The Superior National Forest’s silviculture prescriptions are part of the National Environmental Policy Act (NEPA). The NEPA process includes proposal development, environmental analysis, and implementation of proposed activities. After the NEPA decision notice is finalized, the silviculture activities can begin in a given project area.
These NEPA prescriptions usually start with stands in mature forest condition. The regeneration harvest method is designated, followed by how the stand will be regenerated. Tending and intermediate treatments are completed based on need and whether funds are available to complete these types of activities. Five years after a timber harvest, stands are usually certified as reforested. Once stands have been certified, they may not be revisited for many years. However, the Superior National Forest would like to inventory reforested stands at 10-20 years after reforestation to determine if prescription objectives are being met.
There are several items that I would like to discuss. First, what was the desired future condition and the prescription for these stands? Management in the past was often more concerned with generating revenue from standing timber rather than desired future conditions. Consequently, the desired future condition and silviculture prescription can be hard to determine. For that reason, in this study I have recreated the desired future condition and silviculture prescription for the 3 study stands based on pretreatment stand conditions, management history, and current stand conditions. The second item is, does the prescription fit the site from an ecological stand point? Why or why not and how so? Third and finally, what would I do differently, and why?
• Even-aged white pine stand.
• White pine is the dominant conifer species present, accounting for at least 300 trees per acre and 50% of species composition.
• Paper birch, red pine, quaking aspen, balsam fir, white spruce, and tamarack are regenerating in the stand and contribute to tree species diversity.
• The trees in the stand are growing at an optimum rate and are resilient to insect and disease attacks.
Pre-treatment stand description and condition
Stand establishment and management history:
Harvest fir and blister rust White Pine. Underburn for site preparation. Seeding.
1998: PU 3 Rusty Geezer sale roller chop and some burn scarification before the blowdown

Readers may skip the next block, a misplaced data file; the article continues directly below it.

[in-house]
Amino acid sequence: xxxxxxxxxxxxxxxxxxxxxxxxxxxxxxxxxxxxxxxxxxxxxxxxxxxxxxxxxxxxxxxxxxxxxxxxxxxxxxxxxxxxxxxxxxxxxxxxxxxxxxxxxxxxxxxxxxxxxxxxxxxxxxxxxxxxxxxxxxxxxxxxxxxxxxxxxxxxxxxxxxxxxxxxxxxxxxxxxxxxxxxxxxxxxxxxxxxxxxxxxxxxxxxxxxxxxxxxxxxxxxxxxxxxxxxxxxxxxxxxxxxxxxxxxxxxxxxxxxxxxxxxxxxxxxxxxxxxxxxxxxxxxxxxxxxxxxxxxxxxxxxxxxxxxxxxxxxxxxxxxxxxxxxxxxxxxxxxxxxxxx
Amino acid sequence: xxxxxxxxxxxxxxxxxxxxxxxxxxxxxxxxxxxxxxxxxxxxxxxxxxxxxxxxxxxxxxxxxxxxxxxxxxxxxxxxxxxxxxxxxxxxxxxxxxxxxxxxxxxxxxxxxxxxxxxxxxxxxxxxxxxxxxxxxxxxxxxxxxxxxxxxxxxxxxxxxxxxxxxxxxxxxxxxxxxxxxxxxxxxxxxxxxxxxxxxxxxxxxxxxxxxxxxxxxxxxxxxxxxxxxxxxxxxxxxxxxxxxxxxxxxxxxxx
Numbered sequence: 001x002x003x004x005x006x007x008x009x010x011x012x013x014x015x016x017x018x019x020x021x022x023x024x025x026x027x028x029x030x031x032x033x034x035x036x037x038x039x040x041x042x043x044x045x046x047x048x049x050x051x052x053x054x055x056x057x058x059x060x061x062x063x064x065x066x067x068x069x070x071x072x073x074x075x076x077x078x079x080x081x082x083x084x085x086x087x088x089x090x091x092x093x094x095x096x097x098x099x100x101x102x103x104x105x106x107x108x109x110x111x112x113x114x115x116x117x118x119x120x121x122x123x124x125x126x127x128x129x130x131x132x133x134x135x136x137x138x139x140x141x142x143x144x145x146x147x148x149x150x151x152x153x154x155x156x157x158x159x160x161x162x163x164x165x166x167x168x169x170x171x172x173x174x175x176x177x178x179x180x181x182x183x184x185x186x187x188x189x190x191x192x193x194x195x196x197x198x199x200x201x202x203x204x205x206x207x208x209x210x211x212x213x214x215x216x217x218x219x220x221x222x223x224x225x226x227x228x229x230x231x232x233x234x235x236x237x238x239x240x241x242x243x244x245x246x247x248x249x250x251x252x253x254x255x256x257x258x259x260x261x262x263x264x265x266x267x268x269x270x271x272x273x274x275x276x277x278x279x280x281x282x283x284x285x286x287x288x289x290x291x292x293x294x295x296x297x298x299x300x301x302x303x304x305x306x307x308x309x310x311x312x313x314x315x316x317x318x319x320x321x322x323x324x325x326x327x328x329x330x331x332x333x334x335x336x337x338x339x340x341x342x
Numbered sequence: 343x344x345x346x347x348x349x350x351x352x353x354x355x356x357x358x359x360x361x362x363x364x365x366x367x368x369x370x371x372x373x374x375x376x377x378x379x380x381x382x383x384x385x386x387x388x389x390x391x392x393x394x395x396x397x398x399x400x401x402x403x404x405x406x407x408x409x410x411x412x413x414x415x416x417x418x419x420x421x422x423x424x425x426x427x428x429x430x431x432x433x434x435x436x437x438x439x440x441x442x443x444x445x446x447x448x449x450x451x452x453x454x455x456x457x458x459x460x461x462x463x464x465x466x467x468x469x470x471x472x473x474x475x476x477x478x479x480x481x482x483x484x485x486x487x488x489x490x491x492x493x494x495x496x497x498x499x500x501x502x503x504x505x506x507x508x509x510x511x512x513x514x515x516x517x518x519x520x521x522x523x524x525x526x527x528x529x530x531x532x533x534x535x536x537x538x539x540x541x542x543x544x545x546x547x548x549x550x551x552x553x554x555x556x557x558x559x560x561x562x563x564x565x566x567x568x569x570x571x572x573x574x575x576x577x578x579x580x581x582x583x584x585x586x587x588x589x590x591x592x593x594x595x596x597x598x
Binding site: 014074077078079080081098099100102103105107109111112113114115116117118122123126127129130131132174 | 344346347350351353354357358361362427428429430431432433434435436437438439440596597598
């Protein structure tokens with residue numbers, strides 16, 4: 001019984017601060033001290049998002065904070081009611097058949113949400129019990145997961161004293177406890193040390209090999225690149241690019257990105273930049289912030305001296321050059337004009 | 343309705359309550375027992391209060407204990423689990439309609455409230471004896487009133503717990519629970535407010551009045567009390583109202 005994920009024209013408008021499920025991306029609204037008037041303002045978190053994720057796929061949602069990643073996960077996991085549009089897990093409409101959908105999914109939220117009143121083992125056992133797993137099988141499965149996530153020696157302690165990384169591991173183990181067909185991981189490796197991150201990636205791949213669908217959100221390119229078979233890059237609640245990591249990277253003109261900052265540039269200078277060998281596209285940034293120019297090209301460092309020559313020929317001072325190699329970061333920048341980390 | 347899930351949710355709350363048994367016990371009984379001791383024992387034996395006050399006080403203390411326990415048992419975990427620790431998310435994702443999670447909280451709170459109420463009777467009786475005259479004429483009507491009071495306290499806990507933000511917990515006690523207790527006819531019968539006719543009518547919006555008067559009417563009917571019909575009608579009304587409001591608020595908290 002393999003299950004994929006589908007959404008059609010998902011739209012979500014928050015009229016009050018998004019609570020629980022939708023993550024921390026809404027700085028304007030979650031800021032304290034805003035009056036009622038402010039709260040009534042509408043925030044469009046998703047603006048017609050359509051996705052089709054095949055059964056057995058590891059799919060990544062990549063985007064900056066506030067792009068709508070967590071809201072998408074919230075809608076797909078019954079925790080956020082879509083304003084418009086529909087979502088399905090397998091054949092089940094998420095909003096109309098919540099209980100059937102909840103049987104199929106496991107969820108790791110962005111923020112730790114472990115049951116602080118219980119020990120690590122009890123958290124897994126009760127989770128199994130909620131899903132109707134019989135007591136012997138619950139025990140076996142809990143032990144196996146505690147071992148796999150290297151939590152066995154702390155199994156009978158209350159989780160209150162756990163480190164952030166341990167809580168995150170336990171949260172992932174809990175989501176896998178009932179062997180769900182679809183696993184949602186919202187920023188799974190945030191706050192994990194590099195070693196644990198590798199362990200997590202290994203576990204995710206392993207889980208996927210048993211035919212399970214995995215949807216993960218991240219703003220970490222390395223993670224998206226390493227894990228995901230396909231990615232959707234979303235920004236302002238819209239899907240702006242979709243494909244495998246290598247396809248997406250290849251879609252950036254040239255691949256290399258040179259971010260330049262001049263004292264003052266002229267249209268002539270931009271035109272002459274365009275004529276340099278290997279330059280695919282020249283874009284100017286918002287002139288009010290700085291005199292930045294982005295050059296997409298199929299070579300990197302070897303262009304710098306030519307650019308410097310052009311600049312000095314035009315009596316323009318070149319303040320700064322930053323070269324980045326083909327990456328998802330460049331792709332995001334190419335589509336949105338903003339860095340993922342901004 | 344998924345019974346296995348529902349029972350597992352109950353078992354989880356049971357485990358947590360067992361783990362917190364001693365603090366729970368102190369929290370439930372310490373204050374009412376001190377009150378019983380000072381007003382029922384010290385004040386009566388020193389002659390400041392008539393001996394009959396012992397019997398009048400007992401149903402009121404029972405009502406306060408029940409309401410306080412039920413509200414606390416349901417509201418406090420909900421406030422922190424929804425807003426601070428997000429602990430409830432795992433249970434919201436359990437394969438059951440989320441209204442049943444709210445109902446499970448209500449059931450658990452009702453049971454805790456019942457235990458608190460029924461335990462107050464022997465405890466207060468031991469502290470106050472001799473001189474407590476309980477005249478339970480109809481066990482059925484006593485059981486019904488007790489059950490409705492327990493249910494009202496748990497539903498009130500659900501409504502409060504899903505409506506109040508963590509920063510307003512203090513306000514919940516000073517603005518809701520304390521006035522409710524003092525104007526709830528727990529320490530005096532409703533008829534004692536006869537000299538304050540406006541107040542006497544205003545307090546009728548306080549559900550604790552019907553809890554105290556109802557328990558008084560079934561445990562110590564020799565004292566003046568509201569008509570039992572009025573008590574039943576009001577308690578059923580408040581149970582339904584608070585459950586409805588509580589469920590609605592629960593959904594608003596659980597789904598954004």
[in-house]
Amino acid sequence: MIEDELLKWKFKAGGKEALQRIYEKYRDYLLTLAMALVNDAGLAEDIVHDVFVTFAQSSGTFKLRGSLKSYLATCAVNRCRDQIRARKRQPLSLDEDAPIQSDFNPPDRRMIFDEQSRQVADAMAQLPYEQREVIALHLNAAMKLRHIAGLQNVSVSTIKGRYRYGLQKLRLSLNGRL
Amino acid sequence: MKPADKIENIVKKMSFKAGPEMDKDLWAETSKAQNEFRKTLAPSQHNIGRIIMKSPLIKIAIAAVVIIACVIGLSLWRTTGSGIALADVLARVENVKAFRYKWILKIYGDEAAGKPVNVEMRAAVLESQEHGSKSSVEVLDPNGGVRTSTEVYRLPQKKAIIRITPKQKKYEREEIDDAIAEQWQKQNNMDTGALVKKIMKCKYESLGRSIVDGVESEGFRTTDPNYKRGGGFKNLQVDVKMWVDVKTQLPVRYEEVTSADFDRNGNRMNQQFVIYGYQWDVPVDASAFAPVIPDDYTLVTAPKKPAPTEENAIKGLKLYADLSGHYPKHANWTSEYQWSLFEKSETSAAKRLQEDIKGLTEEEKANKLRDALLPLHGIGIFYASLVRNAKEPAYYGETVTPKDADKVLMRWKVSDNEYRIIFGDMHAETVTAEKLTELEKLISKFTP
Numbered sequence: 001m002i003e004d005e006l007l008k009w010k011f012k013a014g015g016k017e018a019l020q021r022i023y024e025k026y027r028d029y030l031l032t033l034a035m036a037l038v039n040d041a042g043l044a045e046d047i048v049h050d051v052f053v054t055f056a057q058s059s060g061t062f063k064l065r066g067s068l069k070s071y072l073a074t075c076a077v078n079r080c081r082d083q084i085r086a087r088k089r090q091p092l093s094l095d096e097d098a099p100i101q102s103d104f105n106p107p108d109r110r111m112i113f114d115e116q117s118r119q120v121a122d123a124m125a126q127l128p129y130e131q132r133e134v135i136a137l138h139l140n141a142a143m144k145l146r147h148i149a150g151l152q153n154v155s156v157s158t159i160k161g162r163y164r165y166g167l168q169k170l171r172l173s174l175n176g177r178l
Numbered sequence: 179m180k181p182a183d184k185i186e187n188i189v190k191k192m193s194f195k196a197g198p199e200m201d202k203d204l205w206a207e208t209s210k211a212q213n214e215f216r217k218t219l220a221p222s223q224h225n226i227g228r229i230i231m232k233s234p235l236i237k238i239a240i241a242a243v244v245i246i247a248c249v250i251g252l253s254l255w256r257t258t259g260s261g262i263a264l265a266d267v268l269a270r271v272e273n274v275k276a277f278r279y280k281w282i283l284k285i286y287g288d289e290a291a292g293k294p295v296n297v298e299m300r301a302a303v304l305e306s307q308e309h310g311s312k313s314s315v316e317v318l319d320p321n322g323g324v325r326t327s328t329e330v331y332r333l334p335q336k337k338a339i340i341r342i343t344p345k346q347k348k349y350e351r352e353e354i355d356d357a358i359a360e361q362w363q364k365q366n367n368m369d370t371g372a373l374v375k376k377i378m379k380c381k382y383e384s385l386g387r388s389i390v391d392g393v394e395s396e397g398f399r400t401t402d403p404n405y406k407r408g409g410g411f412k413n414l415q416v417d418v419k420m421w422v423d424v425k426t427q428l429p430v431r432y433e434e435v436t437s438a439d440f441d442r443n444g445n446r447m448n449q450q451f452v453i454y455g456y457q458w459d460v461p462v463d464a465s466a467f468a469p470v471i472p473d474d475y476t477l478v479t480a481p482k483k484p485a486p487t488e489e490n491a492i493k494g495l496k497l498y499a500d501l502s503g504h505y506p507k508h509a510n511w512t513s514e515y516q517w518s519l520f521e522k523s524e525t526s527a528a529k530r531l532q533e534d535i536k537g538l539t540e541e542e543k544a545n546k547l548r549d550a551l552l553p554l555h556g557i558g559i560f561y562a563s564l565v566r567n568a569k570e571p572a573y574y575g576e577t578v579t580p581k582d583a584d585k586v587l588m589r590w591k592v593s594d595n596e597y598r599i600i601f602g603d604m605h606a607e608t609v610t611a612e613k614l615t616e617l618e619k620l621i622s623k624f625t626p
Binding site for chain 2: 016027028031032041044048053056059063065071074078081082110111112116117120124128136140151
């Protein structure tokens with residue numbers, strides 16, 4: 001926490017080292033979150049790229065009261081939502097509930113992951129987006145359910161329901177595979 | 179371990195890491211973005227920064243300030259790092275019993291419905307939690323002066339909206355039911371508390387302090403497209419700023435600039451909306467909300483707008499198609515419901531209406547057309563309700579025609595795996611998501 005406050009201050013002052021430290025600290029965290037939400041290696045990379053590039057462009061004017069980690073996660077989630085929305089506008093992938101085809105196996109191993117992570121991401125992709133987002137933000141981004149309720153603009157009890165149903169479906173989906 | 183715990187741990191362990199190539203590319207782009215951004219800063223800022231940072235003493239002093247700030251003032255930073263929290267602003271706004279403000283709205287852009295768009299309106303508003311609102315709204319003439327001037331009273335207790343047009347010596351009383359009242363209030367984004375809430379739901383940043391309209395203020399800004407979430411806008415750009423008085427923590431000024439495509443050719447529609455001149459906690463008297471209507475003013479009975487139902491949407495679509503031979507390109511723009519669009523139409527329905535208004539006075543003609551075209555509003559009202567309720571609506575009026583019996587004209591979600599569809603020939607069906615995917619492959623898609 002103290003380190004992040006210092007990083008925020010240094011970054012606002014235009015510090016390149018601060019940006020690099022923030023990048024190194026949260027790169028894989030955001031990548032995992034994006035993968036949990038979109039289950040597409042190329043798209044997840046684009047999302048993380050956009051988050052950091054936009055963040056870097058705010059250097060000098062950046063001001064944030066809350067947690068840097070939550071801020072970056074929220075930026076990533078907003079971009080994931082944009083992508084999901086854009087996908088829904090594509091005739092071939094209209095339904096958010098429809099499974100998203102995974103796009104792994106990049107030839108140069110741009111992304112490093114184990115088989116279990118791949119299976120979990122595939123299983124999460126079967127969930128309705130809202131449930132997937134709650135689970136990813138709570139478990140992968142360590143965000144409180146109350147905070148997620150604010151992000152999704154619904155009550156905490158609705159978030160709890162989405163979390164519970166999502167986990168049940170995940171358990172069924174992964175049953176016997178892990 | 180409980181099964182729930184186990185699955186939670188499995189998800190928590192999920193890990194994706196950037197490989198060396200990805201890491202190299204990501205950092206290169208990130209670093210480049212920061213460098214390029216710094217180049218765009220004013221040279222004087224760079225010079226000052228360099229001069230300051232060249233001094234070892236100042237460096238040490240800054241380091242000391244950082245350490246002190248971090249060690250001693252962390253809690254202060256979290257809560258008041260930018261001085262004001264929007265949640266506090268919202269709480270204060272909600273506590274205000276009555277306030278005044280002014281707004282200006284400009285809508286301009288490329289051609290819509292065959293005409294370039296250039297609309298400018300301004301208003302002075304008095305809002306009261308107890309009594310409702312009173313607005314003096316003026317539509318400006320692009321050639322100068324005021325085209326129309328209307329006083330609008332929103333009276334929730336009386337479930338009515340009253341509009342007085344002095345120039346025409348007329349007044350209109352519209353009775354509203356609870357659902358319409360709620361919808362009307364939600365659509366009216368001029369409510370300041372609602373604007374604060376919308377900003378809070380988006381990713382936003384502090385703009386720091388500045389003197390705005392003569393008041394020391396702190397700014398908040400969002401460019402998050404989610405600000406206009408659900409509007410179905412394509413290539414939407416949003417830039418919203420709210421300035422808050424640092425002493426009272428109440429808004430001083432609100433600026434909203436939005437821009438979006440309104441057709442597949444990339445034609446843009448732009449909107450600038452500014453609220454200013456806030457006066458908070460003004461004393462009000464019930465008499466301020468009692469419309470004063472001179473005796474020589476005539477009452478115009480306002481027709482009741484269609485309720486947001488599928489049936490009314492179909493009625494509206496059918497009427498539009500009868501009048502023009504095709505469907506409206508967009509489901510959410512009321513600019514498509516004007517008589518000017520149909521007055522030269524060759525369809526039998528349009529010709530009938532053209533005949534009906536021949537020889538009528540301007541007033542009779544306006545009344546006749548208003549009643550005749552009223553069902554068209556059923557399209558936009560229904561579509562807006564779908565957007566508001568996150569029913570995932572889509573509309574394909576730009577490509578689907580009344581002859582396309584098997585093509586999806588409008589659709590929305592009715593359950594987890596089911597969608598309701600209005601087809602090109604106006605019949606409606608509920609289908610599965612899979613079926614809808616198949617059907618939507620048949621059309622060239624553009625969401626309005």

2003: Stand Clearcut, Corn Dog Two. Mechanical Site Prep for Planting
2004: Trees planted, white pine and red pine bare root at a density of 500 trees per acre (tpa)
2005: 1st year stocking survey 83% stocked, 100% survival
2006: tree release and weed
2007: 3rd year stocking survey 78% stocked, 100% survival; certified
Pre-treatment growth and stocking:
Mature white pine, fully stocked (> 70 ft2/acre BA), 12” dbh. Stand has been thinned in the past, but not currently regenerating. Mostly brush. Blowdown event prior to 1998. 2001: 50 ft2/acre BA, but 10-20 ft2/acre in another reference. Understory of merchantable fir, with scattered concentrated 6-10 ft. tall fir, with spruce budworm mortality. Stand is setting itself up for stand replacing fire.
Pre-treatment forest health issues:
Moose beds, scat, and browse abundant. White pine leaf adelgid present, and some white pine weevil damage, but minor damage observed. Moderate snow damage resulting in some deformed/leaning white pine.
Figure 5: Signs of White pine leaf adelgid on some shoots of a young white pine.
• Eliminate white pine blister rust and spruce budworm and reduce hazardous fuels.
• Establish a young white pine stand, but increase species diversity by allowing hardwood and other conifer species to regenerate in the stand.
• Maintain native vegetation communities in a forested condition.
• Maintain and improve wildlife habitat.
• Provide sustainable timber products to local operators.
• Fully stocked, mature, healthy white pine stand.
• Maintain or enhance species diversity.
• Maintain a strong conifer component in the stand. Recruit potential snags and downed wood into the stand.
Regeneration Harvest –
Clearcut with reserves. Reserve 5% of stand area as a legacy of clumps of trees. Reserve clumps shall, wherever possible, be at least 2 acres in size with a basal area of 80 ft2/acre or more and a dbh of 6” or more. Reserve single trees shall be scattered throughout the stand and retained at a density of approximately 6 to 12 trees per acre. Reserve trees shall be windfirm and selected in order of preference as: white pine, red pine, white spruce, quaking aspen, paper birch, and balsam fir.
Mechanically prepare the site for planting via tractor scarification. Scarify the ground to expose mineral soil and remove competing vegetation. Equipment shall work the soil to a depth of 3-4” on average.